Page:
Heel Pain (Children)
Kids have it pretty rough. You may believe they have next to nothing to
worry about, having no jobs, playing all day, living in some idyllic
wonderland, but kids lives are often as complicated and stressful as
adults’, just in different ways.
Take adolescence, for instance. Middle school and junior high were pretty
much universally painful unless (or perhaps even if) you were one of the
few on the top tier of the popularity totem pole. Remember how you had to
deal with puberty, (possibly the most confusing and vexing period in any
given human life), the whims and caprices of your school teachers, crazily
fluctuating hormones, acne, and, on top of it all, your bones were still
trying to grow to fit that adult body you weren’t quite ready for.
When you’re born, much of your skeletal structure is made up of cartilage
rather than bone. As you grow older, your bones calcify, eventually turning
into those hard, mineralized structures we know so well. (And it’s probably
also why your mom keeps making you drink milk when you’re young.) The heel
bone (calcaneus) is no exception. In this bone, calcification begins at two
different spots, one near the center of the bone, and one at the rear of
the bone. Where these two areas of bone development meet, there remains a
thin band of cartilage known as a growth plate, or physis. It allows the
calcaneus to continue growing until about age 16, when the two areas of
bone development finally fuse together.
Occasionally in children ages 8 to 14, particularly in children who put a
great deal of stress on the heel bone (usually in sports like basketball,
soccer, or running), this growth plate can become inflamed, causing
significant pain in the heel. Wearing shoes with cleats, having tight calf
muscles, or being obese can also lead to or aggravate this condition.
Inflammation of this growth plate is known as calcaneal apophysitis, if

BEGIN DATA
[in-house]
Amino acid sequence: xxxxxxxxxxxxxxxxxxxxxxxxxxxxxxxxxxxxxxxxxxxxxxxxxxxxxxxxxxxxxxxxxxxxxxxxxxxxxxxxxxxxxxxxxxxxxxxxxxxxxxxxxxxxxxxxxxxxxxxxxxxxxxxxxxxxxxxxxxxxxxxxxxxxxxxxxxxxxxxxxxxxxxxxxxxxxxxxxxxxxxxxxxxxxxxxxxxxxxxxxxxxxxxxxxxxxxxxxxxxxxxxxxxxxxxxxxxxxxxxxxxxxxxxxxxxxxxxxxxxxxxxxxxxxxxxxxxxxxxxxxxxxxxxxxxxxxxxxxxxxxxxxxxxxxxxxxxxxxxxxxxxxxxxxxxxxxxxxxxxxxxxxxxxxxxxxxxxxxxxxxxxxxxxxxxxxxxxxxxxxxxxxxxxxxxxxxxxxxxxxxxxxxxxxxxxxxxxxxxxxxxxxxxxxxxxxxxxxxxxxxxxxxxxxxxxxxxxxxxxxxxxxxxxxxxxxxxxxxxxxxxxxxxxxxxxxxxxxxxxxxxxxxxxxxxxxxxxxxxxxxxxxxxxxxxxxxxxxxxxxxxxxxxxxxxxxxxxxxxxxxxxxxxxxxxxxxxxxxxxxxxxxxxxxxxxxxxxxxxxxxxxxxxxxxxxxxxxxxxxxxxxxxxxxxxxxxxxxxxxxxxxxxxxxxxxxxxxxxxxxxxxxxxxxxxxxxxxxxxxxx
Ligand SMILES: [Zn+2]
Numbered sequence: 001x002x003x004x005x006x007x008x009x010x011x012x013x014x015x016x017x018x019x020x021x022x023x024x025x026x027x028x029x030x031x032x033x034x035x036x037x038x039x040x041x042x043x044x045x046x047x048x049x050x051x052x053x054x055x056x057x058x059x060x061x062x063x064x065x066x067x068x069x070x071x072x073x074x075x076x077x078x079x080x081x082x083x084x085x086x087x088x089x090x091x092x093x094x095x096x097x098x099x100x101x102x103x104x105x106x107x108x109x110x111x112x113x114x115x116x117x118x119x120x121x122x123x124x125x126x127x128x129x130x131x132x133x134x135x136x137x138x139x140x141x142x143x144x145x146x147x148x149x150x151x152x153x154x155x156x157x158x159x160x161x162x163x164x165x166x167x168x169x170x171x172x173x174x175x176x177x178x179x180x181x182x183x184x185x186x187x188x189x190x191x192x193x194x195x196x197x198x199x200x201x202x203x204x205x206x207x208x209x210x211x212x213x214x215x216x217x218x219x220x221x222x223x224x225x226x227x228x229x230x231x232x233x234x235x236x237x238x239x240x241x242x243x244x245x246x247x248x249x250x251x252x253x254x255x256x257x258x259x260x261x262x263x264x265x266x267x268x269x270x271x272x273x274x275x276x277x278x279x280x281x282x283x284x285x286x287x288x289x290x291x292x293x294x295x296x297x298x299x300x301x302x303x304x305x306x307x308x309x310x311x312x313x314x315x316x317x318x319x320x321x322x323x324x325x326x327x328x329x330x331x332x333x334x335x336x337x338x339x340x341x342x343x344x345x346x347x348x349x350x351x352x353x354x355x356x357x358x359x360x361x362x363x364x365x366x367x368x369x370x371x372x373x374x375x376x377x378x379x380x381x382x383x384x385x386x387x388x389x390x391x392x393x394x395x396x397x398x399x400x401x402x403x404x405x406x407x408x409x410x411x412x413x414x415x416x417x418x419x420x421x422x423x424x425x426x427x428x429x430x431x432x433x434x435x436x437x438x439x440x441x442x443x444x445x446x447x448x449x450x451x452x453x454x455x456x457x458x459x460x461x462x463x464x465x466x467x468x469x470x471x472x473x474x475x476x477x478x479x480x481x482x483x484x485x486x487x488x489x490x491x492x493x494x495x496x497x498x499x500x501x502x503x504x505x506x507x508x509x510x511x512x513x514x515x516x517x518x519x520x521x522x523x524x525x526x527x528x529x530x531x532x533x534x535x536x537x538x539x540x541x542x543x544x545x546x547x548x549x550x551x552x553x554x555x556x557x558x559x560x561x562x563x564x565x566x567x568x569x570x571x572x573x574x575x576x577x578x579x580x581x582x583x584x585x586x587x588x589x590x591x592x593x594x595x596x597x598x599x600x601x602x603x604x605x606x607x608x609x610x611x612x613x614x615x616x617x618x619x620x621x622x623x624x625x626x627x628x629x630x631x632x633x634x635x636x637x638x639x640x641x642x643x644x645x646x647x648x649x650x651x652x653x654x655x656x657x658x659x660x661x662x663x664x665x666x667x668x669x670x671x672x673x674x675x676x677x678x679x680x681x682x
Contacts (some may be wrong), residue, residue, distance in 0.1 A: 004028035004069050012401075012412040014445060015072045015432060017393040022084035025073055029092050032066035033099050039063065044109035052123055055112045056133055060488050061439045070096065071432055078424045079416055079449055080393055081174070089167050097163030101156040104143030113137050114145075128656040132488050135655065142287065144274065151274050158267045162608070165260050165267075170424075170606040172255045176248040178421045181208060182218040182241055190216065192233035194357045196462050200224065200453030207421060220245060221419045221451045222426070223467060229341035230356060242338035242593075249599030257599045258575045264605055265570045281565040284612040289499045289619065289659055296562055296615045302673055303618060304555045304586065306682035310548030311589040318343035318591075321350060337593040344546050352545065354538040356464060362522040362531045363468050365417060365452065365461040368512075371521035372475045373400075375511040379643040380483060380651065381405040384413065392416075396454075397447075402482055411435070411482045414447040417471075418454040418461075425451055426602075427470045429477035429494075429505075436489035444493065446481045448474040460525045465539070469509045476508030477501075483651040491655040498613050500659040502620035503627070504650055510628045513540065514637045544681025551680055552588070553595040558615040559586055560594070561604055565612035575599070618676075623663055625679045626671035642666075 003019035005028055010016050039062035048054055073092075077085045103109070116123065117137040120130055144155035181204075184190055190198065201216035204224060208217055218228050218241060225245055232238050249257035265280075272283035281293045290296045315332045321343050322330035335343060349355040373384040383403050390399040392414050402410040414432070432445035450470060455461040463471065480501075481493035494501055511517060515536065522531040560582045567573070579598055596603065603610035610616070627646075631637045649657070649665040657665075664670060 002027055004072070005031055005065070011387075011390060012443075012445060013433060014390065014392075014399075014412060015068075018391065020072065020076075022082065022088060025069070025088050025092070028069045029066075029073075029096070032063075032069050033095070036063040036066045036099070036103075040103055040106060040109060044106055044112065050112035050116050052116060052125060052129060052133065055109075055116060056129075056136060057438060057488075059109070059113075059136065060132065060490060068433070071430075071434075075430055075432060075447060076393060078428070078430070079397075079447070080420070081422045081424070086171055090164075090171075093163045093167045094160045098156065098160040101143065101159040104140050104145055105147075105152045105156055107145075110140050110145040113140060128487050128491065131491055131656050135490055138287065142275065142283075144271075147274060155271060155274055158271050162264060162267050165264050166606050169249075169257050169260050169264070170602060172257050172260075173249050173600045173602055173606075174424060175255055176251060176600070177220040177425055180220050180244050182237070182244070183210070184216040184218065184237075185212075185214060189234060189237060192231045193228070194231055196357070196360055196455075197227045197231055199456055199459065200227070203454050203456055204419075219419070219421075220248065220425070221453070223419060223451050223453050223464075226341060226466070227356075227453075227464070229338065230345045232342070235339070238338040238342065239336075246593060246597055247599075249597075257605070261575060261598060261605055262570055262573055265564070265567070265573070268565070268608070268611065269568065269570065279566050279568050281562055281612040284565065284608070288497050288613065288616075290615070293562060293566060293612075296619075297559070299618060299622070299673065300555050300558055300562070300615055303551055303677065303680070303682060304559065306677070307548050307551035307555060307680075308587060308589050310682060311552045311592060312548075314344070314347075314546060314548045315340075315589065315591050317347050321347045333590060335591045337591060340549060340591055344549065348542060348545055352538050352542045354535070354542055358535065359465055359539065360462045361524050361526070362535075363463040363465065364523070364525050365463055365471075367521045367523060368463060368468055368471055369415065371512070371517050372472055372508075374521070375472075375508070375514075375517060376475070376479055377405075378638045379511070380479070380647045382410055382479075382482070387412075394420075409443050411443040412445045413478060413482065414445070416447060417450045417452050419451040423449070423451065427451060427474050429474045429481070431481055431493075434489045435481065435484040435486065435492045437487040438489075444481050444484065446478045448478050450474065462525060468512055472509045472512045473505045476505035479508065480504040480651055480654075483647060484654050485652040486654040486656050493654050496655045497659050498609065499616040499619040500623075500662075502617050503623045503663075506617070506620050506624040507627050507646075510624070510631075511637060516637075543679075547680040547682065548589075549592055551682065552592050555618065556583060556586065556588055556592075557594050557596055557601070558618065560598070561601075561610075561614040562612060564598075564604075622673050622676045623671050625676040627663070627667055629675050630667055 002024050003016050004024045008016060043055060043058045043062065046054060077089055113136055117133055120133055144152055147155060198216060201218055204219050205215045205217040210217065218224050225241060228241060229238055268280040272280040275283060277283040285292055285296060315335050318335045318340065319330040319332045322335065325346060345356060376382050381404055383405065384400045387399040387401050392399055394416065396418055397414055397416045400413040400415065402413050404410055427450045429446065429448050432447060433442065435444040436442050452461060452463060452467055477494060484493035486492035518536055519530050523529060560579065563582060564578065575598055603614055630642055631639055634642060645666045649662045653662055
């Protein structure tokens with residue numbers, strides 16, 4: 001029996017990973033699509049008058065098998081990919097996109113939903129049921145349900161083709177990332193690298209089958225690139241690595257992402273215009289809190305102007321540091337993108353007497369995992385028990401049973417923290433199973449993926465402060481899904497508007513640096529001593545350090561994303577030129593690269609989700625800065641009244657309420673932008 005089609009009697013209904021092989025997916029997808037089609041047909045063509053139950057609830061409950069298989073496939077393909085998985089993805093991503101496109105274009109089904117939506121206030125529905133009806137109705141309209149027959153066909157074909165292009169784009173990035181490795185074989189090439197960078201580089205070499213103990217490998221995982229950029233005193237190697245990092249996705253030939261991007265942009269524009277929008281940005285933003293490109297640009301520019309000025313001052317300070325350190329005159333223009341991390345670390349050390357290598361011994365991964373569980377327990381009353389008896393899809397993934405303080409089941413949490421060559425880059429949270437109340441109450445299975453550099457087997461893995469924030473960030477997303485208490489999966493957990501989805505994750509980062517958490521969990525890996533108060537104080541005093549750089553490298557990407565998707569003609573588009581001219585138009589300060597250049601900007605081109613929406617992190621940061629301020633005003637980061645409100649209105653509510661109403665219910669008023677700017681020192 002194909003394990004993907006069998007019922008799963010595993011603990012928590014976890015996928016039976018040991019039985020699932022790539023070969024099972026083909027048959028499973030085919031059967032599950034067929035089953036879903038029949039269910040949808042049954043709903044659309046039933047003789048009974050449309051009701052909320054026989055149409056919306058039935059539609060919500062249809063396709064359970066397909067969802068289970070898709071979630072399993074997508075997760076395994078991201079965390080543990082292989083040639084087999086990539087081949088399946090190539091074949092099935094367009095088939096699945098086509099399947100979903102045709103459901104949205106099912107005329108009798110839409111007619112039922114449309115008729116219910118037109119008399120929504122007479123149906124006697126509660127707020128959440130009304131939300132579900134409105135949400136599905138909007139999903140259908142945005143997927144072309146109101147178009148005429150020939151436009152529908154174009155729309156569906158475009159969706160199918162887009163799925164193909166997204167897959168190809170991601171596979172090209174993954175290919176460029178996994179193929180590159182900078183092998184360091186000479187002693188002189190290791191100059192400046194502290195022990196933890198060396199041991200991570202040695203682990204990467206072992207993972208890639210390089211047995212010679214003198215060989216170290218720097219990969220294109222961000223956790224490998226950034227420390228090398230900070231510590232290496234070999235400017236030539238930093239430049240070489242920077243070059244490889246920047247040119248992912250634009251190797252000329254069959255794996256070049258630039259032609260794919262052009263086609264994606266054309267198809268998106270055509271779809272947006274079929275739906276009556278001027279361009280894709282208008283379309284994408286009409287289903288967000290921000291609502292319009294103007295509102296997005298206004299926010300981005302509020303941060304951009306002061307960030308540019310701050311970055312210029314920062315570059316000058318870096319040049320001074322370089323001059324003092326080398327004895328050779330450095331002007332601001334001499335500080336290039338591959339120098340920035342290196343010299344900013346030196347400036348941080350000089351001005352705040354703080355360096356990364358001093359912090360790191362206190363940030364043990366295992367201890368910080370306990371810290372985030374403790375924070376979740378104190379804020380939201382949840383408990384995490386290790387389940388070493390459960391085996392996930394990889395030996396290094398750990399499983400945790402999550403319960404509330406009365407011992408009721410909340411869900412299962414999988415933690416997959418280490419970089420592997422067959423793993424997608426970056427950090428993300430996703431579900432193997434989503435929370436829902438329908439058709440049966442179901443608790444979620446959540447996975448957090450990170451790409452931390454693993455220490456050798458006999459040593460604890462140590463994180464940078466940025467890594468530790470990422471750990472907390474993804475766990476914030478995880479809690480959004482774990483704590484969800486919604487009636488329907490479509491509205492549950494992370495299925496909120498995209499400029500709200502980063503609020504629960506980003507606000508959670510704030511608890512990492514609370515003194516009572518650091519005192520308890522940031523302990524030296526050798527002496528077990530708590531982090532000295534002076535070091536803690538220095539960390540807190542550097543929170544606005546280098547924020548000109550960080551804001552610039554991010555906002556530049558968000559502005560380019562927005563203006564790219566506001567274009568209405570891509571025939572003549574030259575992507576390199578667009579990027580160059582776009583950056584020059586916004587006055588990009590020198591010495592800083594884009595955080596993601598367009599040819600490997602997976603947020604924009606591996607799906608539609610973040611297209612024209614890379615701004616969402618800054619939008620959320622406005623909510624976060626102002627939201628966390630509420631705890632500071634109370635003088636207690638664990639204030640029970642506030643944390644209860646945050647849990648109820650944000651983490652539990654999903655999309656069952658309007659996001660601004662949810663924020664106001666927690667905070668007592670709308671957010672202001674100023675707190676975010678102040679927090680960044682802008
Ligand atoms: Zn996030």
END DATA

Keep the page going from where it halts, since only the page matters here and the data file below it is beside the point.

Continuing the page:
you’re into those medical terms, or is also referred to as Sever’s disease.
Pain in the heel from calcaneal apophysitis often develops quickly, and may
occur in one or both feet. (When it occurs in three feet, you probably have
more trouble than just an inflamed growth plate.) This pain may show up in
the back of the heel, to the side, or on the bottom, and squeezing the
sides of the heel is likely to cause pain. Your child may limp, walk on his
or her toes, or have trouble participating in sporting activities. Resting
the affected foot (or feet) usually offers some relief, but the pain will
show up again when the child resumes activity.
Because you’re a great parent, you’ll take your child in to see a
podiatrist as soon as he or she starts having symptoms of foot pain. Once
there, the podiatrist will probably ask you and your child about activities
the child has been participating in. You’ll likely also need to provide a
medical history. The podiatrist will perform a physical examination of your
child’s foot and leg, and may use X-rays or other imaging technology to get
a look at what’s happening with those growing bones.
Treating inflammation of the calcaneal growth plate usually involves
reducing the inflammation itself, and also attempting to minimize stress on
the area. First of all, your child will likely need to take a break from
the types of activities that can stress out the growth plate. (You may need
to let those dreams of your 10-year-old Beckham go for a little while,
until your child recovers.) Taking anti-inflammatory medication such as
ibuprofen can help, as can applying ice to the heel (20 minutes on over a
thin towel, 40 minutes off). Your podiatrist may also recommend
immobilizing your child’s foot by putting it in a cast (usually for about 2
to 6 weeks), but this is usually reserved for more severe cases.
Your podiatrist might also suggest orthotics, which are prescription shoe
inserts that can support your child’s individual foot shape. Or, your child
may also find stretching exercises beneficial; they work to diminish
tightness in the calf muscle and Achilles tendon, thus reducing the pull on
the back of the heel and the consequent stress on the growth plate.
Even after treatment, your child’s heel pain may not be fully resolved, or
may recur because the heel bone continues to grow. (Childhood really is
tough, isn’t it?) Fortunately, once the bone is fully fused together
(again, about age 16), this problem goes away, never to return. In a few
cases, children may simply need to have reduced activity until their bones
are fully developed. The good news is that, like many growing pains, this
particular problem doesn’t cause any more complications once the child is
Call 719-543-2476 today to schedule your appointment!